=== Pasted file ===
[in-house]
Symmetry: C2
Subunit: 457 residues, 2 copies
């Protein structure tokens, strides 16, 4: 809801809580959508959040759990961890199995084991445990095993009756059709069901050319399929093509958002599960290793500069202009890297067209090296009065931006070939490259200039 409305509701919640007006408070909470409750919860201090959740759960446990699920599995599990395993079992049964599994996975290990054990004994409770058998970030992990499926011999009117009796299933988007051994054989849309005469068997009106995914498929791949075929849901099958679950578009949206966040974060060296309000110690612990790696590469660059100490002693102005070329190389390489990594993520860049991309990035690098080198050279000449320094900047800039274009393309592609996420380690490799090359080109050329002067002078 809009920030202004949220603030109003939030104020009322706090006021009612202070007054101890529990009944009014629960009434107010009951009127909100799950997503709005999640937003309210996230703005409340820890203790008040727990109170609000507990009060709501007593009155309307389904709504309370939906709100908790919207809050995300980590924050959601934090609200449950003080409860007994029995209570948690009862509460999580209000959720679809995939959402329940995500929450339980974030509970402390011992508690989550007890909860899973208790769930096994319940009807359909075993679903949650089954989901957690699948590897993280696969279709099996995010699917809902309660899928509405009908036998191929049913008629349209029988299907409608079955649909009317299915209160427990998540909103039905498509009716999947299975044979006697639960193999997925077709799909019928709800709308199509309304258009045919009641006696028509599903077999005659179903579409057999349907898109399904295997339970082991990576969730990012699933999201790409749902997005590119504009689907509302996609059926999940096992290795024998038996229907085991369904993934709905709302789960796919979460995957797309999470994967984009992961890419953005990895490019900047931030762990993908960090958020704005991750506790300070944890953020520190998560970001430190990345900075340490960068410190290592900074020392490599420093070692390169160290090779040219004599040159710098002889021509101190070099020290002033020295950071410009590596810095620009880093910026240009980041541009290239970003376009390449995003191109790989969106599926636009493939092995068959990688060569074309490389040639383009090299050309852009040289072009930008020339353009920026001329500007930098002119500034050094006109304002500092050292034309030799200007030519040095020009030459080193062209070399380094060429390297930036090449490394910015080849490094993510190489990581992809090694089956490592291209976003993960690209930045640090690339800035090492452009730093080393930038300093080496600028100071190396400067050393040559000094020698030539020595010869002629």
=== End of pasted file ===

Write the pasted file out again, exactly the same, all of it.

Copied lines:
[in-house]
Symmetry: C2
Subunit: 457 residues, 2 copies
């Protein structure tokens, strides 16, 4: 809801809580959508959040759990961890199995084991445990095993009756059709069901050319399929093509958002599960290793500069202009890297067209090296009065931006070939490259200039 409305509701919640007006408070909470409750919860201090959740759960446990699920599995599990395993079992049964599994996975290990054990004994409770058998970030992990499926011999009117009796299933988007051994054989849309005469068997009106995914498929791949075929849901099958679950578009949206966040974060060296309000110690612990790696590469660059100490002693102005070329190389390489990594993520860049991309990035690098080198050279000449320094900047800039274009393309592609996420380690490799090359080109050329002067002078 809009920030202004949220603030109003939030104020009322706090006021009612202070007054101890529990009944009014629960009434107010009951009127909100799950997503709005999640937003309210996230703005409340820890203790008040727990109170609000507990009060709501007593009155309307389904709504309370939906709100908790919207809050995300980590924050959601934090609200449950003080409860007994029995209570948690009862509460999580209000959720679809995939959402329940995500929450339980974030509970402390011992508690989550007890909860899973208790769930096994319940009807359909075993679903949650089954989901957690699948590897993280696969279709099996995010699917809902309660899928509405009908036998191929049913008629349209029988299907409608079955649909009317299915209160427990998540909103039905498509009716999947299975044979006697639960193999997925077709799909019928709800709308199509309304258009045919009641006696028509599903077999005659179903579409057999349907898109399904295997339970082991990576969730990012699933999201790409749902997005590119504009689907509302996609059926999940096992290795024998038996229907085991369904993934709905709302789960796919979460995957797309999470994967984009992961890419953005990895490019900047931030762990993908960090958020704005991750506790300070944890953020520190998560970001430190990345900075340490960068410190290592900074020392490599420093070692390169160290090779040219004599040159710098002889021509101190070099020290002033020295950071410009590596810095620009880093910026240009980041541009290239970003376009390449995003191109790989969106599926636009493939092995068959990688060569074309490389040639383009090299050309852009040289072009930008020339353009920026001329500007930098002119500034050094006109304002500092050292034309030799200007030519040095020009030459080193062209070399380094060429390297930036090449490394910015080849490094993510190489990581992809090694089956490592291209976003993960690209930045640090690339800035090492452009730093080393930038300093080496600028100071190396400067050393040559000094020698030539020595010869002629």